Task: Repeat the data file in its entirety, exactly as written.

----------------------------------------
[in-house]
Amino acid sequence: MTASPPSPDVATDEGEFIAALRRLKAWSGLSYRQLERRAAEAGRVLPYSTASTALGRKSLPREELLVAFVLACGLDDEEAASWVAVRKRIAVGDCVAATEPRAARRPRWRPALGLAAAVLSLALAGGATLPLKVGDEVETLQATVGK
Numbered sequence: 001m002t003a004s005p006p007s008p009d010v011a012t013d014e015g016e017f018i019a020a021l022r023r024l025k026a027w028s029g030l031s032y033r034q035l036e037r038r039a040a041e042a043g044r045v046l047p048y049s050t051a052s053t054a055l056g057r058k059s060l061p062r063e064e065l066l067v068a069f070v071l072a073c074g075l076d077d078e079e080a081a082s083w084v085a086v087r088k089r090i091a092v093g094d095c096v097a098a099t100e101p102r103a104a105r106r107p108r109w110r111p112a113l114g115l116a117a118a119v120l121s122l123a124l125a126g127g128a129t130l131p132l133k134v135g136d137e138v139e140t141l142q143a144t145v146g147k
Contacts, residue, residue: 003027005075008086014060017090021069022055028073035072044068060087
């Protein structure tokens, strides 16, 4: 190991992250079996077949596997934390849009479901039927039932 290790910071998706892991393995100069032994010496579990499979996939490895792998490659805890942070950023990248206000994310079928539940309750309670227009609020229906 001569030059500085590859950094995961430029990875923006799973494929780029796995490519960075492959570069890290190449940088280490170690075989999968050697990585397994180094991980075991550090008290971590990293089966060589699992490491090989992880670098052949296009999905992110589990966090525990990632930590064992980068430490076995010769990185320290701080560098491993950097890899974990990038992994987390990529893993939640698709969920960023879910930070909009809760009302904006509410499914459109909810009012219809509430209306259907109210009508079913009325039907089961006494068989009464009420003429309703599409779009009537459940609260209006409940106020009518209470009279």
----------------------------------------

[in-house]
Amino acid sequence: MTASPPSPDVATDEGEFIAALRRLKAWSGLSYRQLERRAAEAGRVLPYSTASTALGRKSLPREELLVAFVLACGLDDEEAASWVAVRKRIAVGDCVAATEPRAARRPRWRPALGLAAAVLSLALAGGATLPLKVGDEVETLQATVGK
Numbered sequence: 001m002t003a004s005p006p007s008p009d010v011a012t013d014e015g016e017f018i019a020a021l022r023r024l025k026a027w028s029g030l031s032y033r034q035l036e037r038r039a040a041e042a043g044r045v046l047p048y049s050t051a052s053t054a055l056g057r058k059s060l061p062r063e064e065l066l067v068a069f070v071l072a073c074g075l076d077d078e079e080a081a082s083w084v085a086v087r088k089r090i091a092v093g094d095c096v097a098a099t100e101p102r103a104a105r106r107p108r109w110r111p112a113l114g115l116a117a118a119v120l121s122l123a124l125a126g127g128a129t130l131p132l133k134v135g136d137e138v139e140t141l142q143a144t145v146g147k
Contacts, residue, residue: 003027005075008086014060017090021069022055028073035072044068060087
């Protein structure tokens, strides 16, 4: 190991992250079996077949596997934390849009479901039927039932 290790910071998706892991393995100069032994010496579990499979996939490895792998490659805890942070950023990248206000994310079928539940309750309670227009609020229906 001569030059500085590859950094995961430029990875923006799973494929780029796995490519960075492959570069890290190449940088280490170690075989999968050697990585397994180094991980075991550090008290971590990293089966060589699992490491090989992880670098052949296009999905992110589990966090525990990632930590064992980068430490076995010769990185320290701080560098491993950097890899974990990038992994987390990529893993939640698709969920960023879910930070909009809760009302904006509410499914459109909810009012219809509430209306259907109210009508079913009325039907089961006494068989009464009420003429309703599409779009009537459940609260209006409940106020009518209470009279």